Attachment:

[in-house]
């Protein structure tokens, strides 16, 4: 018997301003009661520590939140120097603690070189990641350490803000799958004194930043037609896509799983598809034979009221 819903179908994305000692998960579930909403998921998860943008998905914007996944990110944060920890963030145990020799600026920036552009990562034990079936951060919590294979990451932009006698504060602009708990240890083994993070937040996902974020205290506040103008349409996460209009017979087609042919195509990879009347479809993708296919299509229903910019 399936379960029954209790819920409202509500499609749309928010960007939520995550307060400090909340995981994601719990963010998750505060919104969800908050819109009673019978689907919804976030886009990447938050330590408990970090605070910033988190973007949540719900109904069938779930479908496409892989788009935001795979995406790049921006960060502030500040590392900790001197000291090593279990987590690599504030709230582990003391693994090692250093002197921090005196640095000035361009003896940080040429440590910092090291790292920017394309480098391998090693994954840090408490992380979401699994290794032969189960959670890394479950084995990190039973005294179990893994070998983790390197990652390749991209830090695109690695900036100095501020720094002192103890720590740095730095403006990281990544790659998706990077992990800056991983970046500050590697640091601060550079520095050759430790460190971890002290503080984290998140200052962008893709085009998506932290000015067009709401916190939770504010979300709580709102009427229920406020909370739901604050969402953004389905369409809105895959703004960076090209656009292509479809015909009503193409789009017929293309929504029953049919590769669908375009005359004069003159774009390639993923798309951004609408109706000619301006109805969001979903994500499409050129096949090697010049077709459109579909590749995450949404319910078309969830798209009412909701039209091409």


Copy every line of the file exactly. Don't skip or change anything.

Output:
[in-house]
């Protein structure tokens, strides 16, 4: 018997301003009661520590939140120097603690070189990641350490803000799958004194930043037609896509799983598809034979009221 819903179908994305000692998960579930909403998921998860943008998905914007996944990110944060920890963030145990020799600026920036552009990562034990079936951060919590294979990451932009006698504060602009708990240890083994993070937040996902974020205290506040103008349409996460209009017979087609042919195509990879009347479809993708296919299509229903910019 399936379960029954209790819920409202509500499609749309928010960007939520995550307060400090909340995981994601719990963010998750505060919104969800908050819109009673019978689907919804976030886009990447938050330590408990970090605070910033988190973007949540719900109904069938779930479908496409892989788009935001795979995406790049921006960060502030500040590392900790001197000291090593279990987590690599504030709230582990003391693994090692250093002197921090005196640095000035361009003896940080040429440590910092090291790292920017394309480098391998090693994954840090408490992380979401699994290794032969189960959670890394479950084995990190039973005294179990893994070998983790390197990652390749991209830090695109690695900036100095501020720094002192103890720590740095730095403006990281990544790659998706990077992990800056991983970046500050590697640091601060550079520095050759430790460190971890002290503080984290998140200052962008893709085009998506932290000015067009709401916190939770504010979300709580709102009427229920406020909370739901604050969402953004389905369409809105895959703004960076090209656009292509479809015909009503193409789009017929293309929504029953049919590769669908375009005359004069003159774009390639993923798309951004609408109706000619301006109805969001979903994500499409050129096949090697010049077709459109579909590749995450949404319910078309969830798209009412909701039209091409």